But the need for a new ordinance really grew out of a controversial plan last year that called for the mining of 50 acres of Waldo Canyon, located inside La Bajada mesa and known for its basalt.


It's a majestic, historical piece of rugged terrain that sits 18 miles southwest of Santa Fe that can be seen along the I-25 corridor. The land itself, with its swooping descents and ascents, is what's coveted for protection among environmentalists, historians and neighbors.  


And so when proposals to expand mining edged closer to a reality, there was an outcry, which led to the moratorium that is now the subject of pending litigation between the county and Buena Vista Estates Inc. and Rockology LLC., the owner and the mining company respectively. Both want to mine it for its basalt.



The informational meeting was sparsely attended. There was no protest or public outcry, in stark contrast to a little under a year ago when hundreds of angry residents from surrounding communities showed up in the name of protecting La Bajada mesa and their quality of life.


Penny Ellis-Green, the county’s growth management director, and Graham Billingsley, a consultant with Orion Planning Group, based in Boulder, Colo., outlined the rules and regulations that commissioners could expect to find in the proposed law.

Standards regarding the operations of landfills and junkyards, always a nemesis among neighbors who live in their midst, were also incorporated into the ordinance. But the bulk of the 40-minute presentation centered on gravel and mining operations, and they touched on standard fare subjects: Protecting the watershed and wildlife, preserving the water table, keeping noise, traffic and dust to a minimum while ensuring that no drilling would occur within a quarter-mile of a residence.

Most importantly, they said, there would be oversight, environmental impact reports, yearly monitoring, and the county would be able to intervene and stop operations if the standards in the law were not being adhered to, and all of this applied to sand and gravel mining operations in general.

The history of the mesa has been resurrected now that mining operations are imminent. It’s part of the Camino Real trail, a well worn path that travelers used between the 17th and 19th centuries. It’s a rugged piece of terrain that is somewhat of a major undertaking today in four wheel vehicles, let alone back in the day.

Buena Vista Estates and Rockology LLC, both of Albuquerque, are now waiting for the moratorium to be lifted. Peter Domenici Jr., the lawyer representing the two in district court, said last year that the moratorium wasn't justified, and that it was specifically aimed at preventing the mining of La Bajada on behalf of the county.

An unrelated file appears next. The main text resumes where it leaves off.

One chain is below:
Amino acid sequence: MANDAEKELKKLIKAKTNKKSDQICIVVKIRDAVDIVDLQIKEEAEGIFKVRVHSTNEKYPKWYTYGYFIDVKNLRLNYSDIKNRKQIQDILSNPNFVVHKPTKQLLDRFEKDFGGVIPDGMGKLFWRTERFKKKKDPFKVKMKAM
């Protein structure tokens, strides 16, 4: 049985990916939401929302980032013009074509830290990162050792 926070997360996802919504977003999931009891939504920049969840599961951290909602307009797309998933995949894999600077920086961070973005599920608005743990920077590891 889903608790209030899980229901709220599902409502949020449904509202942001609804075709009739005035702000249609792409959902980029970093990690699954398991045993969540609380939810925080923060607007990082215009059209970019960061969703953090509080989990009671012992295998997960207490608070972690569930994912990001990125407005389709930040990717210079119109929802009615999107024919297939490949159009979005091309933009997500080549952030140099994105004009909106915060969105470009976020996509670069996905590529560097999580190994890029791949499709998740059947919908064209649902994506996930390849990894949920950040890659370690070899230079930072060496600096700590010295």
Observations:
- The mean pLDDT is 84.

County Commissioner Miguel Chavez, before the meeting, said the county was exploring the options of transferring development rights, which serve as a possible solution to the problem.  Perhaps basalt could be mined someplace else, he says.

While he wasn’t opposed to the Waldo Canyon operation, Chavez says it’s important that the county have an ordinance that adequately regulates it.

Ellis-Green says after the meeting that the proposed ordinance had been a long time in coming and was always on the radar of county staff because landfills, junk yards and mining operations are key concerns among many Santa Fe county residents.

A series of community meetings will be held in the coming month to unveil the ordinance and how it will play into the greater scheme of their communities, she says.

Compressed to Impress

Airbrush artist Grant Kosh stages new regular emerging art show

PicksWednesday, July 1, 2015 by Enrique Limón

“It really falls back onto iconic pictures, because we’ve seen them so many times that those are the most striking ones,” Grant Kosh told SFR back in January 2013. The topic was his inspiration in the shape of emblematic celebrity portraits of Biggie, Bill Murray, John Belushi and the like.

On Friday, Kosh rounds up his latest batch of black-and-gray airbrush pieces and alongside Aron Kalaii, Michael Rohner and Guadalupe Vargas for the inaugural show at Sky High Gallery. The one-night-only art happening coincides with the downtown Art Walk, and Kosh envisions it will soon turn into a regular monthly show.

“My art has been hanging at Skylight since they first opened, and I initially had the plan in the beginning to get more of a gallery crowd in there,” Kosh tells SFR on a break from the filming of Manhattan, where he’s moonlighting as an extra. “Once they opened up Skylab, it seemed like a perfect opportunity to do that.”

Kosh says he hopes the venue, known for hosting everything from club nights to stand-up comedy, attracts a diverse mix of emerging artists who veer from the Santa Fe norm.